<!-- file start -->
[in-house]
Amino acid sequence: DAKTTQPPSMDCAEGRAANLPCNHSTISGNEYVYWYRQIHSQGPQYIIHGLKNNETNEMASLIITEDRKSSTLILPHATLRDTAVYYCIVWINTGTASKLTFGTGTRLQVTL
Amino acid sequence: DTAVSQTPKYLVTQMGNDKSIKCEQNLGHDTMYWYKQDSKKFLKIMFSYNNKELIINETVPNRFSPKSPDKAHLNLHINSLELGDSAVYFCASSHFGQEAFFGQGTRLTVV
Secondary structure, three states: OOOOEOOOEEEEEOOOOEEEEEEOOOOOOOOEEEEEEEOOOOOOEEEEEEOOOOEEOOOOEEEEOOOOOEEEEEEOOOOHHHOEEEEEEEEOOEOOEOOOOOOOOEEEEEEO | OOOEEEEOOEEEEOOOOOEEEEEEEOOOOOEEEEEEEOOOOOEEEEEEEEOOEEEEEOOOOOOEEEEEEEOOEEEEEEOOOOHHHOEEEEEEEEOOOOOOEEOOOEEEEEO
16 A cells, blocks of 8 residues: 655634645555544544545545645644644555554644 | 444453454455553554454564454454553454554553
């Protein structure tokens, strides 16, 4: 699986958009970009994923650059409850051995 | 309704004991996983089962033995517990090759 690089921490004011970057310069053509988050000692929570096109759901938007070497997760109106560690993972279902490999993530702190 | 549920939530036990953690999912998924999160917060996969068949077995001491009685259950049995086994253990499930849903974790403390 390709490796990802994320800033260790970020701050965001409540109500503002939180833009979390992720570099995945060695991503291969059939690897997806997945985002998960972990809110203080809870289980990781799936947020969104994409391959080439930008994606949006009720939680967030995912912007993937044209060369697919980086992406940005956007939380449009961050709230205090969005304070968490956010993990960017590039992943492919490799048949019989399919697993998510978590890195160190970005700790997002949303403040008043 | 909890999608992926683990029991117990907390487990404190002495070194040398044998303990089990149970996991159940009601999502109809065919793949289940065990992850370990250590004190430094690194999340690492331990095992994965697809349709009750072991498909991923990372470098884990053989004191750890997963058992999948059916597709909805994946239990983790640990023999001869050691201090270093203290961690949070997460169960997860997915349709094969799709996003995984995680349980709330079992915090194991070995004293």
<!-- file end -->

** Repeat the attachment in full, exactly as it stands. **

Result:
[in-house]
Amino acid sequence: DAKTTQPPSMDCAEGRAANLPCNHSTISGNEYVYWYRQIHSQGPQYIIHGLKNNETNEMASLIITEDRKSSTLILPHATLRDTAVYYCIVWINTGTASKLTFGTGTRLQVTL
Amino acid sequence: DTAVSQTPKYLVTQMGNDKSIKCEQNLGHDTMYWYKQDSKKFLKIMFSYNNKELIINETVPNRFSPKSPDKAHLNLHINSLELGDSAVYFCASSHFGQEAFFGQGTRLTVV
Secondary structure, three states: OOOOEOOOEEEEEOOOOEEEEEEOOOOOOOOEEEEEEEOOOOOOEEEEEEOOOOEEOOOOEEEEOOOOOEEEEEEOOOOHHHOEEEEEEEEOOEOOEOOOOOOOOEEEEEEO | OOOEEEEOOEEEEOOOOOEEEEEEEOOOOOEEEEEEEOOOOOEEEEEEEEOOEEEEEOOOOOOEEEEEEEOOEEEEEEOOOOHHHOEEEEEEEEOOOOOOEEOOOEEEEEO
16 A cells, blocks of 8 residues: 655634645555544544545545645644644555554644 | 444453454455553554454564454454553454554553
């Protein structure tokens, strides 16, 4: 699986958009970009994923650059409850051995 | 309704004991996983089962033995517990090759 690089921490004011970057310069053509988050000692929570096109759901938007070497997760109106560690993972279902490999993530702190 | 549920939530036990953690999912998924999160917060996969068949077995001491009685259950049995086994253990499930849903974790403390 390709490796990802994320800033260790970020701050965001409540109500503002939180833009979390992720570099995945060695991503291969059939690897997806997945985002998960972990809110203080809870289980990781799936947020969104994409391959080439930008994606949006009720939680967030995912912007993937044209060369697919980086992406940005956007939380449009961050709230205090969005304070968490956010993990960017590039992943492919490799048949019989399919697993998510978590890195160190970005700790997002949303403040008043 | 909890999608992926683990029991117990907390487990404190002495070194040398044998303990089990149970996991159940009601999502109809065919793949289940065990992850370990250590004190430094690194999340690492331990095992994965697809349709009750072991498909991923990372470098884990053989004191750890997963058992999948059916597709909805994946239990983790640990023999001869050691201090270093203290961690949070997460169960997860997915349709094969799709996003995984995680349980709330079992915090194991070995004293």